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Wednesday21November2018
Transporting Tutsis to safety
Written by fra Ivica Perić

fra VjekoWhen he realized the extent of the danger facing the refugees in Kivumu, Fr. Vjeko Curic began transporting a number of them to Kabgayi on 15th April, where he thought they would have a better chance of survival. He traveled back and forth on a daily basis. Oswald was asked by Vjeko to look after the refugees in his absence. Fr. Vjeko went to Cyakabiri to negotiate with the Interahamwe there. As he was leaving, he asked me to take special care of the four families at the presbytery and to be ready to show them the way to Kabgayi. Most of them came from Kigali and didn’t know all the local paths. I kept an eye on the movements of the Interahamwe.

Meanwhile, Vjeko was making a lot of trips to Bujumbura to buy food supplies for the refugees in Kabgayi. Before he left, he would tell me: “Do your best to save these people’s lives. If the Interahamwe make threats, tell them to flee in time.”

Fr. Vjeko’s trips to Burundi enabled him to snick some Tutsis out of the country.

Fr. Vjeko would return from Burundi in the evening, unload the lorry and drive back very early the next morning. He always took a few people with him in his vehicle when he went to Burundi. One of them was Aimable Gatete who now lives in Kigali.

After the massacre at the school in Kivumu, efforts to evacuate the refugees intensified. Oswald took Louise Kayibanda and her family, who had been at the parish for two weeks, to Kabgayi.

Vjeko asked me to show them the way to kabgayi. He told me to take care of them and help them get to kabgayi. He didn’t want to be seen at the roadblocks too often. He made these round trips everyday.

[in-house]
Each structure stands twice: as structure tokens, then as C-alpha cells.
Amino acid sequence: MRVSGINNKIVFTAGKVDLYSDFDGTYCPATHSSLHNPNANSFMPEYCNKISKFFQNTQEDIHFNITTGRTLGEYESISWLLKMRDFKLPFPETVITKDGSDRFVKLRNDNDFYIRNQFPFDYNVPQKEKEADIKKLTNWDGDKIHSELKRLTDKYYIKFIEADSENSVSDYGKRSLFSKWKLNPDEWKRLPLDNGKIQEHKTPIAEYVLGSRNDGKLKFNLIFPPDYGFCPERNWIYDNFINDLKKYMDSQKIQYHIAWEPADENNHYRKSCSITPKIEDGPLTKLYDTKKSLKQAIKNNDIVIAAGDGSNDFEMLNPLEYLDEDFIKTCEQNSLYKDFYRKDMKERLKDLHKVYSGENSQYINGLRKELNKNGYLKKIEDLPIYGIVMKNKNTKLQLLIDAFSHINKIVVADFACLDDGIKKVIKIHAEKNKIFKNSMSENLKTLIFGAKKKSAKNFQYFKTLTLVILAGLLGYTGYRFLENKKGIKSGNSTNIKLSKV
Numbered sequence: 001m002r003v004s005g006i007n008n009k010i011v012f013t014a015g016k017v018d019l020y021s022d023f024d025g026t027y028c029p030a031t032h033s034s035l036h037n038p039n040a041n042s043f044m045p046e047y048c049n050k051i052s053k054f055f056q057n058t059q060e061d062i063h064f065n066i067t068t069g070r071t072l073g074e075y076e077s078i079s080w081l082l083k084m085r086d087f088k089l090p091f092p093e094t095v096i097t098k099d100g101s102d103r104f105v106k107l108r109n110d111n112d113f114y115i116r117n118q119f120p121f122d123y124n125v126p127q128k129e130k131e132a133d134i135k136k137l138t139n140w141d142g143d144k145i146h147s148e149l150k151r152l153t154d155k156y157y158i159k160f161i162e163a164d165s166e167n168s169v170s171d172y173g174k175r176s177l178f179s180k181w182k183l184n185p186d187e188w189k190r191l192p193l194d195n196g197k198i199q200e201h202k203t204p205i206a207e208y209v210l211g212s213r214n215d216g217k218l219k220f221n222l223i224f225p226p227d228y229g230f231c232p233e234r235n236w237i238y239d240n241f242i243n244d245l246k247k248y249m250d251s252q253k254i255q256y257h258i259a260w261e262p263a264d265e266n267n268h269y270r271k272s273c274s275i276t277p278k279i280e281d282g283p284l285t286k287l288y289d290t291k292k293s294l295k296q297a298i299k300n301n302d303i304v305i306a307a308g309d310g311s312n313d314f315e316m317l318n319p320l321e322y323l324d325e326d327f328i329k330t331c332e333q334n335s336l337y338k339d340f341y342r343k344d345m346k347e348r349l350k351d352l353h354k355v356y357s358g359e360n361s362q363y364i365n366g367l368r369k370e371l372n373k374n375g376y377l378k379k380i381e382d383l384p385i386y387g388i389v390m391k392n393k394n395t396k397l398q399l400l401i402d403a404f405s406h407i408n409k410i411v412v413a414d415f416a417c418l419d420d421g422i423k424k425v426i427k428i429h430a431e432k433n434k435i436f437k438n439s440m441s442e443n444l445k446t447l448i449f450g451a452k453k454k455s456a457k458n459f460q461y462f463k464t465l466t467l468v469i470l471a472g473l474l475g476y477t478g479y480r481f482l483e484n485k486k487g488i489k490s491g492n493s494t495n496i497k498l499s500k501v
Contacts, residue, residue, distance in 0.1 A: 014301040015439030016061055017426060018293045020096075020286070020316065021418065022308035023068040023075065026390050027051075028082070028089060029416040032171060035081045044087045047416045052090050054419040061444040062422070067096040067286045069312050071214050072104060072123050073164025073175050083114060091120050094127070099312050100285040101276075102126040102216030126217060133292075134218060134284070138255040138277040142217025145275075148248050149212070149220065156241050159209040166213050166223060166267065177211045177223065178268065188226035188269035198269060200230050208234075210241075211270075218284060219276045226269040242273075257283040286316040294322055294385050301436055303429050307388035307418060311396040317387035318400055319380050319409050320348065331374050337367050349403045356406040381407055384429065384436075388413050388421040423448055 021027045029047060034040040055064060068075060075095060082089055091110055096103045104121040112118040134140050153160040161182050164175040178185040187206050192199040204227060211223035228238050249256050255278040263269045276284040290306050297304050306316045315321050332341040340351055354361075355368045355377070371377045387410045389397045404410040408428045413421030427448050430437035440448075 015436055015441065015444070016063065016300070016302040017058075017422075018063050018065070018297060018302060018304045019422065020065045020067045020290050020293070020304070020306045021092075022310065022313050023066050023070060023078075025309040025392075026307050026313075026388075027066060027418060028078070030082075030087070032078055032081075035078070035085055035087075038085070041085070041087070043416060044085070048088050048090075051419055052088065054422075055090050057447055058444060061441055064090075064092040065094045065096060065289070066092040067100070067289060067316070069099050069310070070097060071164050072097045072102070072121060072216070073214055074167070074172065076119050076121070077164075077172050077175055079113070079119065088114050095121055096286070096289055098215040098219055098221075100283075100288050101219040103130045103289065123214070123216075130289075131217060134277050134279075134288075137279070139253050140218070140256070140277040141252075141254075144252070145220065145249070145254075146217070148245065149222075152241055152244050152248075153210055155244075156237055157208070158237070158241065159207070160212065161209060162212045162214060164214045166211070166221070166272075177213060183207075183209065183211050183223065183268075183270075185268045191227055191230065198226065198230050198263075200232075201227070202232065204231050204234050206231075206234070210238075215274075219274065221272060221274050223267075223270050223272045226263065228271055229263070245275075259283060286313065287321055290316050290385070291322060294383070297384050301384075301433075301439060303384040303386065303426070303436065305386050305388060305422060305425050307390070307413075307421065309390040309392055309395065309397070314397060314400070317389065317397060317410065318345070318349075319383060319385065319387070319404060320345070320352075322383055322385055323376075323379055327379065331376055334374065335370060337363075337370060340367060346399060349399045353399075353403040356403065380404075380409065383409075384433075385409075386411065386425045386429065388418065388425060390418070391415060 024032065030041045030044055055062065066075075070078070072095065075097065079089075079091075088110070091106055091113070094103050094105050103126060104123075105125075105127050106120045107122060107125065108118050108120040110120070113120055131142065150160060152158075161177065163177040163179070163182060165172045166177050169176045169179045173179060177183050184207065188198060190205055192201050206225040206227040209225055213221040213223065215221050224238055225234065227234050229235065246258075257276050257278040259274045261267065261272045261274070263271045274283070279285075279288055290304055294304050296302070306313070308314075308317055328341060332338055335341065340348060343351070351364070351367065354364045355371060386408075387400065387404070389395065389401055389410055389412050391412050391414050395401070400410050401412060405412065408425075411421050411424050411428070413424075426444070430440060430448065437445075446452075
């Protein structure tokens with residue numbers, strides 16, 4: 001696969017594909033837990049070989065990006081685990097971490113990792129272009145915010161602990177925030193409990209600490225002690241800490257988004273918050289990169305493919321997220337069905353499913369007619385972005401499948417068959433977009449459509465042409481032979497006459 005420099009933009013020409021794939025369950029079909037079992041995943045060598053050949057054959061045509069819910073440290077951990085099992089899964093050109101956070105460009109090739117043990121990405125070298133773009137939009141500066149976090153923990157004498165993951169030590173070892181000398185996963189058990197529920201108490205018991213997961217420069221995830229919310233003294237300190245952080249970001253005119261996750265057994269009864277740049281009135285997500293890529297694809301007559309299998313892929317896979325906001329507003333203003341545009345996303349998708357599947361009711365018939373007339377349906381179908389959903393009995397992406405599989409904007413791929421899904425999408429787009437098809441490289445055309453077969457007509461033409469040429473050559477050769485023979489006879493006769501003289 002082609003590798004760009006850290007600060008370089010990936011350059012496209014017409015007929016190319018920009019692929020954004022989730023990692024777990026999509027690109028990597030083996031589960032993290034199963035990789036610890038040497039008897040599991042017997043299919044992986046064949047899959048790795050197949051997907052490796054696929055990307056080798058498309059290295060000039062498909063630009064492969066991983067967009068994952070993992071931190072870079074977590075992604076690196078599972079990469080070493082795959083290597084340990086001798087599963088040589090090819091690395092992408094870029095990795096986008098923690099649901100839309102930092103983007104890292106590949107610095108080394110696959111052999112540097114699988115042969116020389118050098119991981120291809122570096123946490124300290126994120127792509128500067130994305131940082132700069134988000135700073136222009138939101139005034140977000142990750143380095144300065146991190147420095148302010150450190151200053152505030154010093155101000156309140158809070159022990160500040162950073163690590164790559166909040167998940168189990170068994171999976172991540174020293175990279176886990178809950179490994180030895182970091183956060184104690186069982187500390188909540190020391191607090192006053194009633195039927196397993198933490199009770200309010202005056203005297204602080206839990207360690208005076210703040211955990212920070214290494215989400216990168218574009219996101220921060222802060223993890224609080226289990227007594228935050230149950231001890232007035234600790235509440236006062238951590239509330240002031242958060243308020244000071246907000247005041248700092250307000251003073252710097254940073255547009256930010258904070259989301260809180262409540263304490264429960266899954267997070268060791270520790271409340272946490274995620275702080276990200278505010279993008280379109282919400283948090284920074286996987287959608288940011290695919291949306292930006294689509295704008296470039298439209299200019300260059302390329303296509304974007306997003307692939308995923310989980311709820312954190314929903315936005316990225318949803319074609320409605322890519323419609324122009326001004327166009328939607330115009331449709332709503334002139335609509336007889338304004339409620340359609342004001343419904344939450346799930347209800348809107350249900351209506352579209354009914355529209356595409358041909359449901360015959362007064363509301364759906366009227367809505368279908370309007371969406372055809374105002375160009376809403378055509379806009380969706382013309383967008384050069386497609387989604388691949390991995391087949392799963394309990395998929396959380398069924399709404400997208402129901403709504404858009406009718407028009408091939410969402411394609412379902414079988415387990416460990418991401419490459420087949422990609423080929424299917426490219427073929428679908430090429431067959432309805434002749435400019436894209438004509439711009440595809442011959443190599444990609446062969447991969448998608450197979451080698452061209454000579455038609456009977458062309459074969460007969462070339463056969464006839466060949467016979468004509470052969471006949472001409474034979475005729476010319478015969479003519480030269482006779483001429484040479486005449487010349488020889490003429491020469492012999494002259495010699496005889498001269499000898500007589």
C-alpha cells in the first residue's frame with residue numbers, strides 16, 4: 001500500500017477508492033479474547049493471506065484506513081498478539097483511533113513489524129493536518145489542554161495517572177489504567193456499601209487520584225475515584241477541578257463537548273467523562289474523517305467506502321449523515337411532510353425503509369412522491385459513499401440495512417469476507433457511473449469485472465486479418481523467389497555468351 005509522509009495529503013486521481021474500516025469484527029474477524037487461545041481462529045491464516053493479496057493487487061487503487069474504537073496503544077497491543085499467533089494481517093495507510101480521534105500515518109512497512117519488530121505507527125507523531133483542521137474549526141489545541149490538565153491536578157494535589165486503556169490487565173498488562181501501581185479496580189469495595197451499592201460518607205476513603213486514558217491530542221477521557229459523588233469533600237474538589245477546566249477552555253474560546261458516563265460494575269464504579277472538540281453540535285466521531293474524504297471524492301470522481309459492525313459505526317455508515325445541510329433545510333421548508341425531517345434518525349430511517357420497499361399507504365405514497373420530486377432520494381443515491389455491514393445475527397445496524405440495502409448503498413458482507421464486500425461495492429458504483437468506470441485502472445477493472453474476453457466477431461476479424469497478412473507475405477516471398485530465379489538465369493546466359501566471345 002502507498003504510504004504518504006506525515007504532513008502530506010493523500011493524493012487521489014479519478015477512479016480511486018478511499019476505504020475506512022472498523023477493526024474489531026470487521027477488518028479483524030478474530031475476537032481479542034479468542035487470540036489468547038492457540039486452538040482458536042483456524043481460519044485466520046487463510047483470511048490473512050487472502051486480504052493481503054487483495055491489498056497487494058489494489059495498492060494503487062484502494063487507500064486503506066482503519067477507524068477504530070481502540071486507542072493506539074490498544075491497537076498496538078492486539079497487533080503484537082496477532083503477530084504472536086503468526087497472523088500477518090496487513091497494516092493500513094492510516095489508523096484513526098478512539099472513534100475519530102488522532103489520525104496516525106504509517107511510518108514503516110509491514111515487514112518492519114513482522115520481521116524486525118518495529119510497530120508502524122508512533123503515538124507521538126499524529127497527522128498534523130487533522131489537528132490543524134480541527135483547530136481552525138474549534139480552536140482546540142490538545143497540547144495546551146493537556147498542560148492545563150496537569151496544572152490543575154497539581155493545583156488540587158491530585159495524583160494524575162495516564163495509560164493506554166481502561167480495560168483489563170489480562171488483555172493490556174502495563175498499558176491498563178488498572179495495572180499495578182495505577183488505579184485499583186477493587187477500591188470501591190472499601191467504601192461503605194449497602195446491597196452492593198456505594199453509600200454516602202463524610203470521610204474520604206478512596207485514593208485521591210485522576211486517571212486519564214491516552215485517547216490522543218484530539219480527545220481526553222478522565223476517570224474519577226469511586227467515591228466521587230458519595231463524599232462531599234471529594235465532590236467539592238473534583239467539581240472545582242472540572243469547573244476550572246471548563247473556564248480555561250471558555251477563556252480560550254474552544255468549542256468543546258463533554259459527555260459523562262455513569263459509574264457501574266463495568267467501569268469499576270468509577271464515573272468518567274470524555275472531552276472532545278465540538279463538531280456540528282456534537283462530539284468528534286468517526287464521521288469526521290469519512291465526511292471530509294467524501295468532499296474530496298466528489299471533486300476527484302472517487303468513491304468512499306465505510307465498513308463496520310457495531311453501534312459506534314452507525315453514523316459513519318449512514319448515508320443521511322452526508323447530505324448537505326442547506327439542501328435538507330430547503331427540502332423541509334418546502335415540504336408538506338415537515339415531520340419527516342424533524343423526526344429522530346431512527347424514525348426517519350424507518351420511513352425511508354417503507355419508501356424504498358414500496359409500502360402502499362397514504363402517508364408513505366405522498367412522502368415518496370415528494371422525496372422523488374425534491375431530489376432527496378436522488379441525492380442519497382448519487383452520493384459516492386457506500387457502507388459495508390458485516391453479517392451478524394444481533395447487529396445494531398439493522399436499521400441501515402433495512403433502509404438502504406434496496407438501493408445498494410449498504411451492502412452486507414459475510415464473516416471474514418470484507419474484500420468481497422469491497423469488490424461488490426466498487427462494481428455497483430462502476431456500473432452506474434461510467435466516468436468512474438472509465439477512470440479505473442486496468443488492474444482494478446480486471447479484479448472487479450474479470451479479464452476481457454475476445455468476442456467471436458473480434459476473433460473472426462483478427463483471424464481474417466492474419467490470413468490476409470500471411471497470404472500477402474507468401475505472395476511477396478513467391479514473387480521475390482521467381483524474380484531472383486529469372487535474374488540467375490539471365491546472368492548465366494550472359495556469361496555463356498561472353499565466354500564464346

We spent the night in the bush. At around 4:00 a.m. I told Louise’s family to follow me. We crossed the main road and found a side road. I showed them the way to go and returned to Kivumu. They reached Kabgayi safely. A few days after the fall of Kabgayi, Louise Kayibanda spoke on radio Muhabura [The radio of the RPF]. She described how her family reached Kabgayi and thanked Fr. Vjeko and myself for showing them the way there.

I stayed with the two remaining families at the convent until the fall of Gitarama at the beginning of June. We left Kivumu on 8 June. They headed for Kigali, attaching themselves to the columns of Hutu refugees pouring out of Gitarama. I don’t know what happened to them after that, only what I know is that they survived.

When I left Kivumu, Vjeko was in Burundi. He came back two or three weeks later.

Esperance said that after about a week in the bush, she, her husband and daughter faced starvation, so together with Jean they left for Kabgayi. There they again met Fr. Vjeko who was the only source of support for the refugees.

We found Vjeko distributing food to the large number of displaced people. He was overjoyed to find us alive and well because he thought we had been killed. He gave us some food straight away.

The food supplies were taken to Kabgayi by the Kivumu parish driver, Francois, in a Daihatsu, accompanied by Fr. Vjeko in another vehicle. Vjeko was the only priest who came to see us before the fall of Gitarama. We had no idea where the other priests had gone. He had asked the clergy in Kivumu to come and treat us, because we were falling ill. The Kabgayi nuns never came near us, except when Fr. Vjeko took us to the hospital.